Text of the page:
The Court rejects this argument and finds no meaningful distinction between Mr. Britto and Mr. Hamilton for purposes of analyzing the timeliness of their § 2255 motions. Under the Court's reasoning in Hamilton, Johnson “opened the door” for Mr. Hamilton because the residual clause was most likely used to qualify his second degree burglary convictions as violent felonies, not because Johnson necessarily applied to any other convictions. The elements clause analysis, which turns on Mathis, then became necessary to determine if the residual-clause error was harmless. This reasoning extends equally to Mr. Britto. The Court finds that Mr. Britto's second degree burglary conviction was most likely classified as a violent felony based on a Johnson error, thereby rendering his motion timely. The Court rejects the notion that Mr. Britto's motion is somehow “based solely on Mathis.” Therefore, the United States' Motion to Reconsider (Doc. 41) is DENIED.

         II. Resentencing

         On January 27, 2017, the Court granted Defendant's Motion Under 28 U.S.C. § 2255 to Vacate, Set Aside, or Correct Sentence and ordered the United States Probation Office to prepare a revised Presentence Investigation Report (“PSR”) on an expedited basis. (See Doc. 35.) After reviewing the PSR, Defendant filed a Motion to Expedite Sentencing, stating that he does not object to the PSR's calculations and requesting expedited sentencing because he has served in excess of the statutory maximum. (See Doc. 38.) The United States filed an Amended Notice stating its nonobjection to the PSR but raising the objection briefed in its Motion to Reconsider, which is discussed above. (See Doc. 40.)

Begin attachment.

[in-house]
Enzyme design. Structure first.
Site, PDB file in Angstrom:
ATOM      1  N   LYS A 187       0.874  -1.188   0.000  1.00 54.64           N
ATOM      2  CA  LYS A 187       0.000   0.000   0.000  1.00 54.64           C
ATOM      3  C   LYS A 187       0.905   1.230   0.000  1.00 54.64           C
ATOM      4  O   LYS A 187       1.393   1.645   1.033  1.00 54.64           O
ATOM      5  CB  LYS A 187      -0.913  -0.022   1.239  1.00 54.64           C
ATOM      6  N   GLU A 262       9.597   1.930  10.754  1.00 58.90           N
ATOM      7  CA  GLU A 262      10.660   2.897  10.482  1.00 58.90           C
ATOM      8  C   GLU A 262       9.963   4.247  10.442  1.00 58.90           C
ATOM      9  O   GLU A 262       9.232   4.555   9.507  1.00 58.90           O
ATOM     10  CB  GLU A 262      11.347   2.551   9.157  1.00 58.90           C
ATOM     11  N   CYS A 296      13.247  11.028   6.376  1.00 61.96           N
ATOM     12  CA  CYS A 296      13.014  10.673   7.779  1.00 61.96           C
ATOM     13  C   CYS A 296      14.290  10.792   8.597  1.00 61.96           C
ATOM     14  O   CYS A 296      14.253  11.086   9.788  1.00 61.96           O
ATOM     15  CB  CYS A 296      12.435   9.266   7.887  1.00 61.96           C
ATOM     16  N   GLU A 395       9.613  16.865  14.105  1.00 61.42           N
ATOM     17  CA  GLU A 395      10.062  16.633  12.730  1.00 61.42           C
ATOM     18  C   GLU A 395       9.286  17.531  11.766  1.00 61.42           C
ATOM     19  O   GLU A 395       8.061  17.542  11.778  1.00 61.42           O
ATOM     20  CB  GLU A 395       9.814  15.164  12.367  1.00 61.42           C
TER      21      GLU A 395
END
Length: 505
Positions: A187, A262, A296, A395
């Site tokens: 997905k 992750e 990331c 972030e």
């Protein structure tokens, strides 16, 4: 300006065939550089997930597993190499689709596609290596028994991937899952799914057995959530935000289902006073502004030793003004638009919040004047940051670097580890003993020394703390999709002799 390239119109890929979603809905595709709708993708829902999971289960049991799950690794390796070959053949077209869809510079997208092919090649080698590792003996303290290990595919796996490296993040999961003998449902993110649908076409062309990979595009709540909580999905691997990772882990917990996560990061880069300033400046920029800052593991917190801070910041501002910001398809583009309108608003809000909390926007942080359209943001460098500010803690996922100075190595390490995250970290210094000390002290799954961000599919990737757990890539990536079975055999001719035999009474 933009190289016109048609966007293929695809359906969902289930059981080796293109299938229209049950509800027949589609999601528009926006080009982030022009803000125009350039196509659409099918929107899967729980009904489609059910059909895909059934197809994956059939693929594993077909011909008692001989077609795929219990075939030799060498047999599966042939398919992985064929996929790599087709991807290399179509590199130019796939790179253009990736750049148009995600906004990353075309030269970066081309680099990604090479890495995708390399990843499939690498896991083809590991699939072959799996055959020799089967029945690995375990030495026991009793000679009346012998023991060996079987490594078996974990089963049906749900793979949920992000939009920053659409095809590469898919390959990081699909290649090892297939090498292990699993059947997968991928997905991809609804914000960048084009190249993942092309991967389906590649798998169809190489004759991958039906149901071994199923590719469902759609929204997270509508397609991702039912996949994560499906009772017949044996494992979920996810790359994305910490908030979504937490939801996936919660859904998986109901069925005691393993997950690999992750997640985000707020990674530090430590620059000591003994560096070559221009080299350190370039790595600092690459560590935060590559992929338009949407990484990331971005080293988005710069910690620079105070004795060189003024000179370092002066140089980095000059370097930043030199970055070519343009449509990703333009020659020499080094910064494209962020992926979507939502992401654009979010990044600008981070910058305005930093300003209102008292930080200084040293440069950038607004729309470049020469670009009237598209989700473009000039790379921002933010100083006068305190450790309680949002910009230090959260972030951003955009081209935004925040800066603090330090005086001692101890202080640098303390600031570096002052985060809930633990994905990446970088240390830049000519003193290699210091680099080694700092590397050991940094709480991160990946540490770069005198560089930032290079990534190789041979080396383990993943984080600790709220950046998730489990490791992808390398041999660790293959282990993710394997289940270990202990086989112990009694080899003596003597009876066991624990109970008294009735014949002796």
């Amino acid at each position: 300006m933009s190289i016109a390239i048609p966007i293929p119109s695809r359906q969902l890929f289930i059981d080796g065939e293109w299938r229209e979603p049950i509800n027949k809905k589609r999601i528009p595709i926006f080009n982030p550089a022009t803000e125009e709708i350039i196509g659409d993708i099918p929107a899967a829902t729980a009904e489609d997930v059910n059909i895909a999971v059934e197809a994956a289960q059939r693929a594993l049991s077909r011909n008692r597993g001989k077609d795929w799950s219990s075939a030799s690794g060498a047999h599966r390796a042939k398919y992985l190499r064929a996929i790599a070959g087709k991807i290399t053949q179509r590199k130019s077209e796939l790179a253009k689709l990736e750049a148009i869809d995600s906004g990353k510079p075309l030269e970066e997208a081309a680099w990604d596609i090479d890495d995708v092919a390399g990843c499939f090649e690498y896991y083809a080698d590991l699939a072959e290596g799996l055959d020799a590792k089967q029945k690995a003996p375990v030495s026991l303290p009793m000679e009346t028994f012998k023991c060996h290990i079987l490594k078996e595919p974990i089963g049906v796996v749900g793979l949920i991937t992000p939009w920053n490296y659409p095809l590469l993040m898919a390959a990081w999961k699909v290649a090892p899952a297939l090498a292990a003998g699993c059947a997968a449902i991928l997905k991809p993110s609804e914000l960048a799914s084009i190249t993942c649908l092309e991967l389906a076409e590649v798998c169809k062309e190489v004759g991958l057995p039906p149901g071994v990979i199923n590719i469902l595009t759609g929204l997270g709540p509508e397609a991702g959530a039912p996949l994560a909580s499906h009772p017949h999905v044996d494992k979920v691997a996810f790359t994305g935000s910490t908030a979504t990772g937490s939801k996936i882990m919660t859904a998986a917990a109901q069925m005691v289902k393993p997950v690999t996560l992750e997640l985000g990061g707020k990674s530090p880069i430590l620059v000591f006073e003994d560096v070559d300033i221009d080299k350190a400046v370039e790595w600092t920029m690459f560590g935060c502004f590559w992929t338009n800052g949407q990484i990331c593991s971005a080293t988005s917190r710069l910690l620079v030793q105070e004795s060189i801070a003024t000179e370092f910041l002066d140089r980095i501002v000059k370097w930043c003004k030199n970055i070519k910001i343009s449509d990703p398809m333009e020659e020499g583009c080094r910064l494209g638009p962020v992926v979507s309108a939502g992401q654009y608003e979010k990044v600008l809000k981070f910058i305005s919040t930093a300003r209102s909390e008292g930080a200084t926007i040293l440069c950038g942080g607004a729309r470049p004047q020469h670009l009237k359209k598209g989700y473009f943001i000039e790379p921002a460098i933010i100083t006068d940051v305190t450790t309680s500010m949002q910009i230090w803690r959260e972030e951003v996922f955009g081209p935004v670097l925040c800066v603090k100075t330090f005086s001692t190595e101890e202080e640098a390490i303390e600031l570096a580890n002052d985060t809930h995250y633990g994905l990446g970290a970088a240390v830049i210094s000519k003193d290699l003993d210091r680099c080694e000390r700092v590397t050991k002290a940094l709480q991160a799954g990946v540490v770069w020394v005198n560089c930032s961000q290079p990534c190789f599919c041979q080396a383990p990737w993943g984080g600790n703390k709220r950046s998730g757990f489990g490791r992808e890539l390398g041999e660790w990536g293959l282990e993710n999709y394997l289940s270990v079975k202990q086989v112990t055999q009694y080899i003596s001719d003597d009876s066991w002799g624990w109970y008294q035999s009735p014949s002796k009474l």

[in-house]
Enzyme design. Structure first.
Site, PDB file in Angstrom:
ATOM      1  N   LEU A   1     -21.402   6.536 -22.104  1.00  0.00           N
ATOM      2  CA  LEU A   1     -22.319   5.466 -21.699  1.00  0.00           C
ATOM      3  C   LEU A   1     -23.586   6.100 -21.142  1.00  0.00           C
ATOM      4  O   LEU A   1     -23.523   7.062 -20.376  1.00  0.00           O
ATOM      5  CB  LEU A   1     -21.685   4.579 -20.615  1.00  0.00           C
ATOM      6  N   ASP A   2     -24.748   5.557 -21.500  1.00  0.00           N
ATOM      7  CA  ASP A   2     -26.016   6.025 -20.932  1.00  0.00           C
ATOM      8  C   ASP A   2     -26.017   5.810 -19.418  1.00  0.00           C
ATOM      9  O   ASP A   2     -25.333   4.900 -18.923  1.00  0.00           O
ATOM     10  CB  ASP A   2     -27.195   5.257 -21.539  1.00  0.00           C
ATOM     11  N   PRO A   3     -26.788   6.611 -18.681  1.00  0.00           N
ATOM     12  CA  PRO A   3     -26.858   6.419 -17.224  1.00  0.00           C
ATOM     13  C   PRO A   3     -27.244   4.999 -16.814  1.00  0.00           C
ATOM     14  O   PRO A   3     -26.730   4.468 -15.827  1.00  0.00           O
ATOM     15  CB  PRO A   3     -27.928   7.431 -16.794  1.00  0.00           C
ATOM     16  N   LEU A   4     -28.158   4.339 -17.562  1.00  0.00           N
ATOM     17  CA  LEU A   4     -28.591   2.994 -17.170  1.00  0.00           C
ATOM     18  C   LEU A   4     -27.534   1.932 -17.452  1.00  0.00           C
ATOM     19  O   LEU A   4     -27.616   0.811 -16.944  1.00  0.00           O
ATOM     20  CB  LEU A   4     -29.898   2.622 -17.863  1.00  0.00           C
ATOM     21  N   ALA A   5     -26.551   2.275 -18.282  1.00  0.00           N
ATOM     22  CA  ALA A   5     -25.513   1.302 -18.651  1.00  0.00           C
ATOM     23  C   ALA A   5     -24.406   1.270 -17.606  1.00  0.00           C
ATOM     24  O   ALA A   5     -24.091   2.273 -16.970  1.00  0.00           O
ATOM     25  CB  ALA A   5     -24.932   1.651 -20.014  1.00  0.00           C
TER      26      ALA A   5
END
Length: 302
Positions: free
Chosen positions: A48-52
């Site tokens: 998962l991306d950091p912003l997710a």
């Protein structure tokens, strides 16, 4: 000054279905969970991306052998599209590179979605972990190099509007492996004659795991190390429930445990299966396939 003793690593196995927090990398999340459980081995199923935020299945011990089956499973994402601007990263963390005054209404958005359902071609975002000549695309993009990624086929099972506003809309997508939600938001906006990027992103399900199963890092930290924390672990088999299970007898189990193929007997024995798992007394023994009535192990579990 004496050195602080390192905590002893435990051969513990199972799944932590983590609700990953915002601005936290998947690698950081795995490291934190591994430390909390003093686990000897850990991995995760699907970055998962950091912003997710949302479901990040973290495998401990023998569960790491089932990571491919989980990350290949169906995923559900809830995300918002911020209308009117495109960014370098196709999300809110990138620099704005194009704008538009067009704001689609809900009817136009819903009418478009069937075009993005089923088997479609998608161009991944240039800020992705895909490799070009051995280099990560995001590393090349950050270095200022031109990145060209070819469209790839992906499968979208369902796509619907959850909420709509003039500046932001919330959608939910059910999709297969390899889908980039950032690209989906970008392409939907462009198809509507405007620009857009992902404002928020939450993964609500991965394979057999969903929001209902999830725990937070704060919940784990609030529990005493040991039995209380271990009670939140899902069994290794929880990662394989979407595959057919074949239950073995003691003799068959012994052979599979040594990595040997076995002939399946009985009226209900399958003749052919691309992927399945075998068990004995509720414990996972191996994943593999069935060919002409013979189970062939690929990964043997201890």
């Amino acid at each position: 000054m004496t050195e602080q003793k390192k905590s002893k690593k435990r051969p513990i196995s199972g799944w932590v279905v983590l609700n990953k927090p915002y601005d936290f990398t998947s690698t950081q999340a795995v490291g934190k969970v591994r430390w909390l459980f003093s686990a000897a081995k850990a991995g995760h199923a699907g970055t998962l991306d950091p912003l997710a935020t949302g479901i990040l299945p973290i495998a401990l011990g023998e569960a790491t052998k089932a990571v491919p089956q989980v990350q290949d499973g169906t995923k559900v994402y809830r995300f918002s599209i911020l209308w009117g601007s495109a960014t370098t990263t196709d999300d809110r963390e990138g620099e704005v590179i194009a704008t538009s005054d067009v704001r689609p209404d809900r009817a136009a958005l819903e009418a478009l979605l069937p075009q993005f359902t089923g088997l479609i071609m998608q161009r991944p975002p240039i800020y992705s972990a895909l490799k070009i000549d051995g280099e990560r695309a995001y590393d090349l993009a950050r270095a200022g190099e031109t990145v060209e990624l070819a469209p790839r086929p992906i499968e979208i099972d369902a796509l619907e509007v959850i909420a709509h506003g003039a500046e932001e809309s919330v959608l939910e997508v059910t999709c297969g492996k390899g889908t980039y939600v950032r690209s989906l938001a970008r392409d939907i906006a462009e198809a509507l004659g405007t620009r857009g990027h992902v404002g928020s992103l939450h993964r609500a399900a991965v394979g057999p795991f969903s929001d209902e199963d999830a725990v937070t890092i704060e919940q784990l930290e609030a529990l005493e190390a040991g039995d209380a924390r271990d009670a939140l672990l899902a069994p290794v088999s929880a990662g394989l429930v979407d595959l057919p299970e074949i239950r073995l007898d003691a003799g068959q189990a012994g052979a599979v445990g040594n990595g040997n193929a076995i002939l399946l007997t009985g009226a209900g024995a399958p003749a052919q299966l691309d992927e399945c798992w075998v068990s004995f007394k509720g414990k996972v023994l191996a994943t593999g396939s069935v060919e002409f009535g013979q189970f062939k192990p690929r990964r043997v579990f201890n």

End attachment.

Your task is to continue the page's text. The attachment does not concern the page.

As an initial matter, the Court finds no need to conduct a sentencing hearing. The Court has reviewed and considered the newly calculated sentencing guideline range, which is 110-120 months. The top end of the range reflects a statutory maximum of 120 months. Defendant has served 133 months, which exceeds the new statutory maximum. The Court finds that a sentence of time served will serve as an adequate deterrent to this Defendant as well as others, promote respect for the law, provide just punishment for the offense, and provide protection for the public.

         Accordingly, it is the order and judgment of the Court that Defendant Manuel Peter Britto is hereby sentenced to time served as to Count One. Defendant is sentenced to a term of supervised release of three years. All other aspects of Defendant's sentence shall remain as set forth in the original Judgment.

         III. Conclusion

         The United States' Motion to Reconsider (Doc. 41) is DENIED. Defendant is resentenced in accordance with this Order, and the Court will enter an Amended Judgment.

         SO ...